Yanks after the capture of Bellicourt

Southern end of the canal tunnel

 

 

 

 

 

 

Meanwhile, immediately south of the Americans and Australians the British 46th Division, followed by the 32nd (home of the poet Wilfred Owen), was able to cross the very deep cut of the canal between Riqueval and Bellenglise, crossing the canal with boats, rafts and lifejackets while artillery kept the defenders pinned in their trenches.  Tanks were brought over the tunnel area captured by the 30th Division and sent south to support the British, who had secured the eastern bank and the German defenses by the end of the day.  The achievement of the 46th Division was just short of incredible, crossing the waterway with anything that would float, climbing the wall of the east bank with scaling ladders (!) and capturing the formidable defenses – with fewer than 800 casualties.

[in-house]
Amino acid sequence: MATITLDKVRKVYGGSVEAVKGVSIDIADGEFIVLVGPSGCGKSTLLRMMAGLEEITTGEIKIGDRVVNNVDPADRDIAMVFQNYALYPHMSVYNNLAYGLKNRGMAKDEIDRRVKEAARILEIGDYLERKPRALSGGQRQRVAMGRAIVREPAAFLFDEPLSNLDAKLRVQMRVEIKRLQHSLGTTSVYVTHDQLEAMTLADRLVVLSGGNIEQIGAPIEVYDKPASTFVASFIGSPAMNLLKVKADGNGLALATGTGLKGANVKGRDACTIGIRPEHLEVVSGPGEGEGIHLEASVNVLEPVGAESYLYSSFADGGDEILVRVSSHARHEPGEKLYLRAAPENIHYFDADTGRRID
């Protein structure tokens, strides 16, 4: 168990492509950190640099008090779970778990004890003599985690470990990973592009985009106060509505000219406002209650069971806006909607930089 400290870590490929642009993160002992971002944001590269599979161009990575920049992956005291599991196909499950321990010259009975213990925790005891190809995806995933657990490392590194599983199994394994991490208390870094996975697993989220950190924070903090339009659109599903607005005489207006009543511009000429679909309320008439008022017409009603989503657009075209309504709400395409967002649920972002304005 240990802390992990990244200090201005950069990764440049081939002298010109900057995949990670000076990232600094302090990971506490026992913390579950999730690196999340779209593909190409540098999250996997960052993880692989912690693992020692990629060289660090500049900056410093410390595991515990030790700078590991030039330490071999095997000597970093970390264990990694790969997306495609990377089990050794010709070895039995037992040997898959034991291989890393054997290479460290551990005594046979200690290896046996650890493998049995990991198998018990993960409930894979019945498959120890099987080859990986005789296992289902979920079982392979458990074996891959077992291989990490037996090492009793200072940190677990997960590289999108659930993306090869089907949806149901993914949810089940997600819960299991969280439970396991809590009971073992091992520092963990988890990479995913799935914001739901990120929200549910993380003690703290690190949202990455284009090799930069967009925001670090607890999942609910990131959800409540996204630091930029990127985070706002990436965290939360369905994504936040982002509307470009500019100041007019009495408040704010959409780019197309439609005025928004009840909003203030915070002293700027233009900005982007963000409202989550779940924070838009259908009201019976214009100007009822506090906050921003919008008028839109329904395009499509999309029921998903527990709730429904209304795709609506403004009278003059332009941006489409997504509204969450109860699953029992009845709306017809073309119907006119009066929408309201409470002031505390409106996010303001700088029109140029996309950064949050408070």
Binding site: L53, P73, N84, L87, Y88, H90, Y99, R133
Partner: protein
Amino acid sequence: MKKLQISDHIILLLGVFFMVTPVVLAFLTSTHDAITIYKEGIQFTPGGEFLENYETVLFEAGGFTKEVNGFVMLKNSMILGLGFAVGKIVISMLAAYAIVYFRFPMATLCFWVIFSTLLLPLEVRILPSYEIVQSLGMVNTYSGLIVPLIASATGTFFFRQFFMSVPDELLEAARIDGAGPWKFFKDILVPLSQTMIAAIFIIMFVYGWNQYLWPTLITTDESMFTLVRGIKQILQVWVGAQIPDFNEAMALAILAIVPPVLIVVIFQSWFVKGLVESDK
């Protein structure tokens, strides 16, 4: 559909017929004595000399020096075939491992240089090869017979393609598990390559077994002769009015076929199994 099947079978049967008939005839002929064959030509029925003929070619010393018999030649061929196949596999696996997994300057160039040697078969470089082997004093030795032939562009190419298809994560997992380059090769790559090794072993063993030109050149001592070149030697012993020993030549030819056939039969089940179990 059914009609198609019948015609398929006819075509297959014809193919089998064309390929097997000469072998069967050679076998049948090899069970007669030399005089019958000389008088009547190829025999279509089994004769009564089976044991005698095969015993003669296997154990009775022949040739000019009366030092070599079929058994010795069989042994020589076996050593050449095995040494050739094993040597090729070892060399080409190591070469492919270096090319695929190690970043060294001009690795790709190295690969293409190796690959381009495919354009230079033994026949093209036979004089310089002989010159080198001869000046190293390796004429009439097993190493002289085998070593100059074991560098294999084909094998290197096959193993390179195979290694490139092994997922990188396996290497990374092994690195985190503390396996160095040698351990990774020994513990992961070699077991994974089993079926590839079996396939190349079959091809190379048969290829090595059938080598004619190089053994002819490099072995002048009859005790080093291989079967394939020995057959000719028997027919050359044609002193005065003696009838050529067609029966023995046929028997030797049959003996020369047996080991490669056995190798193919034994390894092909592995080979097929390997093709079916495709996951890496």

The canal cut in 1918

Riqueval Bridge and the canal cut today

Addressing the troops at the Riqueval Bridge

 

 

 

 

 

 

 

 

 

In the east Allenby’s successful and low cost campaign to drive General Liman von Sanders and his Turks out of Palestine continued with the Battle of Megiddo (actually a number of engagements) from 19 to 25 September.  While Lawrence and Arab Revolt units were harassing and disrupting Turkish communications, Allenby’s carefully planned offensive moved rapidly north and east, establishing by the 25th a line running from Acre on the coast east to the Sea of Galilee and south to Amman (Jordan); Australian units would capture Damascus on 1 October.  During this roughly two week period 75,000 Turkish soldiers surrendered to Commonwealth forces (many to avoid slaughter by the Arab forces) at a cost of about 1500 casualties; only 6000 Turkish soldiers escaped.

Bombed Turkish transport

Allenby’s September campaign

Otto Liman von Sanders

Edmund Allenby